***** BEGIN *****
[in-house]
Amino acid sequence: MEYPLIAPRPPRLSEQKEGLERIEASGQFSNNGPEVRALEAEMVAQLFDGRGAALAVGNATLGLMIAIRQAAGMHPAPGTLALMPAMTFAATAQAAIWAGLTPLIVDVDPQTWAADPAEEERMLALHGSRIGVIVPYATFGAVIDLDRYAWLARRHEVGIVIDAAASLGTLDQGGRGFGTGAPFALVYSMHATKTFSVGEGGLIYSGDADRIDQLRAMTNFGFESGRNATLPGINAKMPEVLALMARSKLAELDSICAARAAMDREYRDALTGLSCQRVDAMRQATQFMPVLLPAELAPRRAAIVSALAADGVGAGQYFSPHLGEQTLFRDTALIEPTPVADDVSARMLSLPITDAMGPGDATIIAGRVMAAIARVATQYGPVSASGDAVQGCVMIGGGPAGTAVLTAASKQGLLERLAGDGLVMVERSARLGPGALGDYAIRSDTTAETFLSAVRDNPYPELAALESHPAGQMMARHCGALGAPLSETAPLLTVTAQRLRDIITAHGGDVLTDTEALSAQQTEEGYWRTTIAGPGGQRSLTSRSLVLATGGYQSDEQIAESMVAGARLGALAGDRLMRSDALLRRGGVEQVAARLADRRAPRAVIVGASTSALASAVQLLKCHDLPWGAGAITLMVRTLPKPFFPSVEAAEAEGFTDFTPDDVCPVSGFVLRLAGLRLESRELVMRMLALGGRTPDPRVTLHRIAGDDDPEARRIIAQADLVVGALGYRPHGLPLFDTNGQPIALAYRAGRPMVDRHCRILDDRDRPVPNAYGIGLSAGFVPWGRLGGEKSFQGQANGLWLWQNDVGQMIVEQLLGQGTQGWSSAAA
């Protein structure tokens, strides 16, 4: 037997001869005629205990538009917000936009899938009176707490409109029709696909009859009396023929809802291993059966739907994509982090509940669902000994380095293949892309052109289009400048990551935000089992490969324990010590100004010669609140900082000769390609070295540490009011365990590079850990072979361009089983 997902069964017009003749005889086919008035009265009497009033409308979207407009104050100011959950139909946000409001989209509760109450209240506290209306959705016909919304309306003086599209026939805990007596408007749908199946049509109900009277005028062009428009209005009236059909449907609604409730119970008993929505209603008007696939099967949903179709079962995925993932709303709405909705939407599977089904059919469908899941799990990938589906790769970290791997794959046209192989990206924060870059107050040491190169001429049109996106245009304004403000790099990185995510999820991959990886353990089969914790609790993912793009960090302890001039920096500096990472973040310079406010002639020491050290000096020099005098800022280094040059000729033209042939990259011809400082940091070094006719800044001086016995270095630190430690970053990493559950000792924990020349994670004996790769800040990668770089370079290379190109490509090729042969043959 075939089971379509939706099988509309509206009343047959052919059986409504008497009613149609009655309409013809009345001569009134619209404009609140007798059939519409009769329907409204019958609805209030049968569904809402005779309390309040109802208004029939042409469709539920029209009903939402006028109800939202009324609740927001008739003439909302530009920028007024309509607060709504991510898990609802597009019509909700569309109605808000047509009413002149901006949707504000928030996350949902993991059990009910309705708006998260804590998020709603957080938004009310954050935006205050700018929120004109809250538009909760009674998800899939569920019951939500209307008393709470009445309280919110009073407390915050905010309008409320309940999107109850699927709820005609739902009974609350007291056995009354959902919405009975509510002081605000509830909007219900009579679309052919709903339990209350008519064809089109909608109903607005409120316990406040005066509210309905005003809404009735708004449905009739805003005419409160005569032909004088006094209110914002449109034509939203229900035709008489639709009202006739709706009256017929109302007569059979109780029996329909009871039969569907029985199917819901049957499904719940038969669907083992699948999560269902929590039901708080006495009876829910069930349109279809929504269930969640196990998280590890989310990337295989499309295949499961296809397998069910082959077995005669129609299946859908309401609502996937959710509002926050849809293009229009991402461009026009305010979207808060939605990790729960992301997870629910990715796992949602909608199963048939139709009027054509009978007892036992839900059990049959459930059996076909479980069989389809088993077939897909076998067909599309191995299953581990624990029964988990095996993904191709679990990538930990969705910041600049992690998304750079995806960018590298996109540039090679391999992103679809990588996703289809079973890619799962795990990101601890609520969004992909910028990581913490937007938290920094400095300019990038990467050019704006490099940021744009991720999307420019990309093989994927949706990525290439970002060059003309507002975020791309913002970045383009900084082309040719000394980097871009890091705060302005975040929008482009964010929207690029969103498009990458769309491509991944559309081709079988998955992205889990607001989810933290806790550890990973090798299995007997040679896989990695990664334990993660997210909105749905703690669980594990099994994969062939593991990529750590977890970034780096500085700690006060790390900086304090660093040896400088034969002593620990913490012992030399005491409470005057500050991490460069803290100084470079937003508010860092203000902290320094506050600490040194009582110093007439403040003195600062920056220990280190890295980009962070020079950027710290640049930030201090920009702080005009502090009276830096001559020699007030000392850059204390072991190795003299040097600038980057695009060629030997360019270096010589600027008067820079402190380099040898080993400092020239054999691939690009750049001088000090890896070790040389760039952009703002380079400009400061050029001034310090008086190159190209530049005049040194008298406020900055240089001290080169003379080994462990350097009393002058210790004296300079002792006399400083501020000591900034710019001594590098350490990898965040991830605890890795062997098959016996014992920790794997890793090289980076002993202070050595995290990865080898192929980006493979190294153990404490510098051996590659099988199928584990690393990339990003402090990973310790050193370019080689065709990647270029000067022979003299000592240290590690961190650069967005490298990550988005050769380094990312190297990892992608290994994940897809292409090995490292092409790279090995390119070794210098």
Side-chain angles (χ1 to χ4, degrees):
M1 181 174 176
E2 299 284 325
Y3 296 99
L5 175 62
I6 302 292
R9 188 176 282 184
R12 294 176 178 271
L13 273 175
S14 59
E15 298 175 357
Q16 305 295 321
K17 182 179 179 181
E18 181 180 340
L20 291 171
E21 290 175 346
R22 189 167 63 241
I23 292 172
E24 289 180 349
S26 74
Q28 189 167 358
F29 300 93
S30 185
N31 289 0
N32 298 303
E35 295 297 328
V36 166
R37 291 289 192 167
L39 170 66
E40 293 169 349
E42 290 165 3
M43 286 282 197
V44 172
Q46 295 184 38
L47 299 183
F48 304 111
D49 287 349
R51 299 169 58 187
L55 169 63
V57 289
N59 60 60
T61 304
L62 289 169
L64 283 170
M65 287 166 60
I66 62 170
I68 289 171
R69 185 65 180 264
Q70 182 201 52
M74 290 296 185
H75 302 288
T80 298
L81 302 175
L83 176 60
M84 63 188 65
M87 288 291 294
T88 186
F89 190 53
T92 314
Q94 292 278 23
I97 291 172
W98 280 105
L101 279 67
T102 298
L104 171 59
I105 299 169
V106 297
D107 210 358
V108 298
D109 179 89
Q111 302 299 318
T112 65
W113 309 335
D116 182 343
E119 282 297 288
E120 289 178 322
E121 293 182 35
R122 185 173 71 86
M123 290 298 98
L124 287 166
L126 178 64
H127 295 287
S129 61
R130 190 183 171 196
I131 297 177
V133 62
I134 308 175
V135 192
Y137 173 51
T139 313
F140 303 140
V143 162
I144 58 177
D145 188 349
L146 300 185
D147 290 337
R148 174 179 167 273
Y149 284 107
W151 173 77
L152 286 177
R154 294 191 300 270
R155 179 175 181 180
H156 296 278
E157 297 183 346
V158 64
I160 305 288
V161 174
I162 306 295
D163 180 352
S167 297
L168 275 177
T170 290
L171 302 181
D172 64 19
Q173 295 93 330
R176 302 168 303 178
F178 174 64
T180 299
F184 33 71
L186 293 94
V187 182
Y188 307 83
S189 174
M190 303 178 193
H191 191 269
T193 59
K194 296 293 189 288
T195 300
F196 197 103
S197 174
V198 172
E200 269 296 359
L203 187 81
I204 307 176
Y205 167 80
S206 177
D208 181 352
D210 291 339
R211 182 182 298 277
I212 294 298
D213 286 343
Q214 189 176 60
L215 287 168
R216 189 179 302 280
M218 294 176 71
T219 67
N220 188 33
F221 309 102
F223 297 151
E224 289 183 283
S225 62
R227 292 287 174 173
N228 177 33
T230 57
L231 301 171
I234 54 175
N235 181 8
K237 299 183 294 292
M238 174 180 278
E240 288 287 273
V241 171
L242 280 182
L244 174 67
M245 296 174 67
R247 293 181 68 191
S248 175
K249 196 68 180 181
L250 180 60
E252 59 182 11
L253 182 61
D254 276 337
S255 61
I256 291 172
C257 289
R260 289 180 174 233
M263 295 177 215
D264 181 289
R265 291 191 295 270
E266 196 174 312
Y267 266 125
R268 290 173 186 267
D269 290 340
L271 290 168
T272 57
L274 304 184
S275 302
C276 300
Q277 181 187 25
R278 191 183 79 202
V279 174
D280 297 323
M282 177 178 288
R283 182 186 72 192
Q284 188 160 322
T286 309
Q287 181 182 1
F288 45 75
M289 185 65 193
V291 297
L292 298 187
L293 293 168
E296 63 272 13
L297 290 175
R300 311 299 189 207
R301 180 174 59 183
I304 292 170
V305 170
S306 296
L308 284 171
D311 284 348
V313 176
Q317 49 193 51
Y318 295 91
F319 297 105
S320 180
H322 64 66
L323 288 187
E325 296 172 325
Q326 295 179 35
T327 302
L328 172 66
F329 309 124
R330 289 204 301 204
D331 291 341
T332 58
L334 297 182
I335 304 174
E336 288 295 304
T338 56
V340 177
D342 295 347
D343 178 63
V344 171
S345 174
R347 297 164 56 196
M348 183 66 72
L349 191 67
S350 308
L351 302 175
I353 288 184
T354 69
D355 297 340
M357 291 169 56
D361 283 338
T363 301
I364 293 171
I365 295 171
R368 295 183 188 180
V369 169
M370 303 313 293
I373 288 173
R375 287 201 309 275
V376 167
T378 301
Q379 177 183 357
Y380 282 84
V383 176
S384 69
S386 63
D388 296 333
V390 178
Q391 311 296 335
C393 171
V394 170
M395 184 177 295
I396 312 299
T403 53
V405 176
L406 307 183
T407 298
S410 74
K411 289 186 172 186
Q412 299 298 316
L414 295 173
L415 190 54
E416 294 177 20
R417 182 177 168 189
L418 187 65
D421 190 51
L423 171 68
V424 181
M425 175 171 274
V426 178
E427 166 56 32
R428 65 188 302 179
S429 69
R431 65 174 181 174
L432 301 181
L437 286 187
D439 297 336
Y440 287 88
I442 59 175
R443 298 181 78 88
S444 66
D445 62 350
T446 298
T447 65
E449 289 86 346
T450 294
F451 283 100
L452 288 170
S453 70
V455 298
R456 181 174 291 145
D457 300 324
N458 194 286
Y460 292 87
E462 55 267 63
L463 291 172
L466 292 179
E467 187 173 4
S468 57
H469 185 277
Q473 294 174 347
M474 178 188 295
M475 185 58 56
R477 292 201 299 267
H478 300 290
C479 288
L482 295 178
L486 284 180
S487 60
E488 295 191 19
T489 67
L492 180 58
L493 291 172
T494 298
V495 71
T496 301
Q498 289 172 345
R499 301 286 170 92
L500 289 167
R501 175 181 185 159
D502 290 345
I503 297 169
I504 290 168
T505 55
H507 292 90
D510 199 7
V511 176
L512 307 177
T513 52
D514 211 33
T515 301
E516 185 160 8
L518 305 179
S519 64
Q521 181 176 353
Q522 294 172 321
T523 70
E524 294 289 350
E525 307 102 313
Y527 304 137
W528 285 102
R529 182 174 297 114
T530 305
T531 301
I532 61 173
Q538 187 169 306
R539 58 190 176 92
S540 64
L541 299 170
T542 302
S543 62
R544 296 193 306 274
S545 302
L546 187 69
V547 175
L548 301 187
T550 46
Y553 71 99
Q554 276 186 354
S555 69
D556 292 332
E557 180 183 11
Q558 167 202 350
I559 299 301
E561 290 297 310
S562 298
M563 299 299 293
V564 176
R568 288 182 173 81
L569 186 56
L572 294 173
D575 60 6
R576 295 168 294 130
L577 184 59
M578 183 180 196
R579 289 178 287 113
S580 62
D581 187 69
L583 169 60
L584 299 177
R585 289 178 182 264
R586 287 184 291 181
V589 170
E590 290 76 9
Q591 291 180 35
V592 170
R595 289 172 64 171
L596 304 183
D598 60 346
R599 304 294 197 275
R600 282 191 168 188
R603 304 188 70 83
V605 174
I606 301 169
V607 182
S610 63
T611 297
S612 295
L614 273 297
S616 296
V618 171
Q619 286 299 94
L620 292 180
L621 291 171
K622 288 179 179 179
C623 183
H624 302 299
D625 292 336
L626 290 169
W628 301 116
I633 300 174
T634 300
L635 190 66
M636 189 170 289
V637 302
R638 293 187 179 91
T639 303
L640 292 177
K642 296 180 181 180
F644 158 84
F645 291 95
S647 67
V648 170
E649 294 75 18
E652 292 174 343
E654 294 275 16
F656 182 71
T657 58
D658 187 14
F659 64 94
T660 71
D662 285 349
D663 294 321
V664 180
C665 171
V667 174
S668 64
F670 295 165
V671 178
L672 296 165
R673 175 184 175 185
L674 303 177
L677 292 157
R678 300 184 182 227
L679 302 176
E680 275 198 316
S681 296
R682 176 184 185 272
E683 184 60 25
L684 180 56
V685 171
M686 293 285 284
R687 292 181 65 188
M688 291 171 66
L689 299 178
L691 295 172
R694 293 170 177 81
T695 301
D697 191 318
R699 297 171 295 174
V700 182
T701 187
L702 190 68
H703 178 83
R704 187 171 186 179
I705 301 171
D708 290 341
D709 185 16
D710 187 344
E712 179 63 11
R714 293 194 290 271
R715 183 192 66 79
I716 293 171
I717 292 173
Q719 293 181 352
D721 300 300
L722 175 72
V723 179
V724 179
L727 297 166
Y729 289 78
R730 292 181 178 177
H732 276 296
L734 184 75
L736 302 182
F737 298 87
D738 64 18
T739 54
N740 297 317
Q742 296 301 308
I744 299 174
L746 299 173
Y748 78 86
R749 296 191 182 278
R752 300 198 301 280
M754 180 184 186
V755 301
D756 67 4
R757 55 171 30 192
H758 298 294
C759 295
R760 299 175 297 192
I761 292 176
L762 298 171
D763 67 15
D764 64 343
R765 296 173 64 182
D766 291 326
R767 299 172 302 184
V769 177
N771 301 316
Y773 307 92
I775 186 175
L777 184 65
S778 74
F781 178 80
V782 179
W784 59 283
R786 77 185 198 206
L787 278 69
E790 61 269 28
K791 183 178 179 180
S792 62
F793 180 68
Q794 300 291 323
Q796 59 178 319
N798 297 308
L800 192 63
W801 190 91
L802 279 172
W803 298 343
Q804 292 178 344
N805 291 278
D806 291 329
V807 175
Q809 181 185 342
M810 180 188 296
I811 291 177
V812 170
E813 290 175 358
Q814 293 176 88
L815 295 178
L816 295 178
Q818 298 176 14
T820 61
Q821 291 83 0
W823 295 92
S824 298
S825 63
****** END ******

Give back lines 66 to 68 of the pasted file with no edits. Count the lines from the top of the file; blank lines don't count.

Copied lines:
L101 279 67
T102 298
L104 171 59